This album is the most straight-forward, poppy, simplistic and emphatic album that R.E.M ever wrote – it is delightful. I am particularly attached to it, this being the first R.E.M album I ever heard, and among the first 50 albums I ever heard. There goes objectivity – or not – such a thing as objectivity in music doesn’t exist whatever Pitchfork or Rolling Stones might try to tell you- yes, my feelings are colored by my past association but what use is music if not to color your feelings.
As I noted, I am comfortable with this album – its like my bed in my old room – I know every twist and turn – every nook and cranny – I’ve had time to grow up with these songs in my head. I could’ve regaled you with my multiple interpretations of “Losing My Religion” but unfortunately have forgotten all of them but I still love the video and the song – Michael Stipe is in fine form as usual, he sounds as vulnerable and human as ever.
They have used the tracklisting to make sure that we move through multiple moods and not stay in one spot too long – from happy, frolicking rhythms (Radio Song/Shiny Happy People) to meditative introspection (Losing My Religion/Half a World Away) to whimsically sad and angsty (Low/Country Feedback) to a peaceful and quiet slumber (Near Wild Heaven/Endgame/Me in Honey)
Apart from the interminably long Low most of the songs are good, and at the time this album ushered in a new era for R.E.M – 60’s pop-rock era updated for the 90’s. An album for contented, happy people – or for people who want to feel that way – this one has been my stalwart companion through the years.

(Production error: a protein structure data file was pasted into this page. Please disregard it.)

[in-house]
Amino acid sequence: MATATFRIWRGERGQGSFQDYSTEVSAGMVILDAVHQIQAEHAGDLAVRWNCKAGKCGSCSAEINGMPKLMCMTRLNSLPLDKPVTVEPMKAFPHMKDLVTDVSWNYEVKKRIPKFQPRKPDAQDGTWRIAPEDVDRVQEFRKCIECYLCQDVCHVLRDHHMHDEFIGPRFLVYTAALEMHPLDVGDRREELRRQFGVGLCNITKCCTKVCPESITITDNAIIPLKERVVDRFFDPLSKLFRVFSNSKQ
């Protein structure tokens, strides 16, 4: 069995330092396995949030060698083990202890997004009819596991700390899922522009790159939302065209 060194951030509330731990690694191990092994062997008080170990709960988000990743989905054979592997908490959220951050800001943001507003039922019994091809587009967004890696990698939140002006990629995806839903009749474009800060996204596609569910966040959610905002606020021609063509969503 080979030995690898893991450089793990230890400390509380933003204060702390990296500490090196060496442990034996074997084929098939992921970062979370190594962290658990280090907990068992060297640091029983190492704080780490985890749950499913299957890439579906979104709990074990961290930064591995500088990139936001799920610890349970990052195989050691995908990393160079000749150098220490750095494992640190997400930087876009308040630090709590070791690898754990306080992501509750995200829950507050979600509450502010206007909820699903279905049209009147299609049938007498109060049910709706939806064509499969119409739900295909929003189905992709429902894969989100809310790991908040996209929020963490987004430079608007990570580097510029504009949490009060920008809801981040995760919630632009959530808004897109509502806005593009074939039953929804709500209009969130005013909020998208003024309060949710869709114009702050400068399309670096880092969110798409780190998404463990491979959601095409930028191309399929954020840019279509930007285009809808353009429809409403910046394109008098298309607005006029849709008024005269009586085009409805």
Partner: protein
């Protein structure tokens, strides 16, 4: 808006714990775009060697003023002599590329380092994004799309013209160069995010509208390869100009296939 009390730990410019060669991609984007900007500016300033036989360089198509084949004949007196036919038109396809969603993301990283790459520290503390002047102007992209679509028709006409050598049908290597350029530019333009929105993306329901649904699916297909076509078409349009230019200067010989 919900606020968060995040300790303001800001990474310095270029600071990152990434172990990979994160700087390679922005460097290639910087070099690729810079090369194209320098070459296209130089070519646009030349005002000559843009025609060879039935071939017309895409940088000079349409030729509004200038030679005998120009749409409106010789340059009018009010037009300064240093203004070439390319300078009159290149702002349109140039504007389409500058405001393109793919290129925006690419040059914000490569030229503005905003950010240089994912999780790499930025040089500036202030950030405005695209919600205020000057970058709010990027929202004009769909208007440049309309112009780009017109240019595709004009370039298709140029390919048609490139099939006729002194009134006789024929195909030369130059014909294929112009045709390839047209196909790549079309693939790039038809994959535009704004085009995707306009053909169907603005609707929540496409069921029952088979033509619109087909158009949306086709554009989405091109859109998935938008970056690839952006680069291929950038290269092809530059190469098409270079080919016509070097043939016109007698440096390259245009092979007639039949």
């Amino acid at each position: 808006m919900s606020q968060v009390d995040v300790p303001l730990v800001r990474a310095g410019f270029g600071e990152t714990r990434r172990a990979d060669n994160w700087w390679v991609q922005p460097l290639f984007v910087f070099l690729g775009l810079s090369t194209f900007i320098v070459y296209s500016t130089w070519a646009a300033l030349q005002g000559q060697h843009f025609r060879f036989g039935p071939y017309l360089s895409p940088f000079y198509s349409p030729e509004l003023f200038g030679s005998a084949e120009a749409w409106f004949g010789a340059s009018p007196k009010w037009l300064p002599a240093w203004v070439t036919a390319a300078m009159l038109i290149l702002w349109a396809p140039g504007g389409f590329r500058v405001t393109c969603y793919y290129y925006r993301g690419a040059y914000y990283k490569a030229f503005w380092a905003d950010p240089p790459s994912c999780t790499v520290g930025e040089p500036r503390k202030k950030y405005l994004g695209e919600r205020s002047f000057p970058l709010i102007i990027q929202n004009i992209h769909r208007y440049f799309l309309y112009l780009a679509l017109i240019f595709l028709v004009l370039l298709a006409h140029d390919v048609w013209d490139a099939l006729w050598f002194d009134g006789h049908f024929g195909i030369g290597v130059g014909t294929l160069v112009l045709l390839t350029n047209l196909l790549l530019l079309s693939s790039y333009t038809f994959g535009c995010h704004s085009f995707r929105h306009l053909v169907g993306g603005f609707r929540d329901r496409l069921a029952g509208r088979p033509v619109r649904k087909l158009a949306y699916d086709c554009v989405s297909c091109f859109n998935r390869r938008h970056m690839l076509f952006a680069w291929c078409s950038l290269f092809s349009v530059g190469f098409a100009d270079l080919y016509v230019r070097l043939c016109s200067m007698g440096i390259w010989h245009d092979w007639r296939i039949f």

Recommended Tracks – Losing My Religion, Half a World Away (covered later by Oasis), Country Feedback, Near Wild Heaven.
R.E.M needs no introduction and I am too lazy to give them one. They are known as an alternative rock band, however I’ve never understood what they are an alternative to, other than bad music. They have been fairly busy this last decade, in a 21st century way, releasing an album in 2001, 2004, 2008 and now in 2011. If you are completely unfamiliar with their music, well then, their basic shtick is jangly guitars and arpeggios, Michael Stipe’s unique voice, the occasional mandolin, a combination of mellow acoustic songs and punkish, mid-tempo rockers. I am sure there is lot more that could be used to describe the music of as legendary a band as R.E.M, but what the hell.
I’ve been a big fan of their mellow, acoustic numbers; you could say that I’ve a sort of bias in the favour of Stipe over a gorgeous Peter Buck mandolin line rather than Stipe shouting tripe over distorted guitars/bass. So maybe that might somewhat explain that I like almost all the slow songs here while I would be fine if I never heard any of the rockers on Collapse. Another explanation for me liking only the mellow side of R.E.M might be that I am feeling a tad sentimental nowadays. Another factor that might be contributing is that I genuinely like the lyrics on some of the songs. It’s just the normal, “personal” type of lyrics without any big political messages which have the potential of actually connecting with the listener. So there is that.
You can call it age or whatever, but the fact is that this decade’s R.E.M ain’t no Driver 8 or Fall on Me. They had this devilish knack back in the 80’s of combining punk ethics with their own brand of sweet melancholy. Nowadays they don’t, hence there are the “rockers” and there are the “ballads” sections on this album, and the latter section rules big time on Collapse Into Now. I, for one, ain’t bothered. I know what I like and even if some critic rates this as a “6.46” on a scale of 10, and compares this with the early stuff, you just can’t get away from the fact that Stipe, Buck and Mills have made some very, very good music in the year of our lord 2011.
Recommended Tracks – Uberlin, Every Day is Yours to Win, Blue (even though it has picked more than a leaf from the holy book of Country Feedback)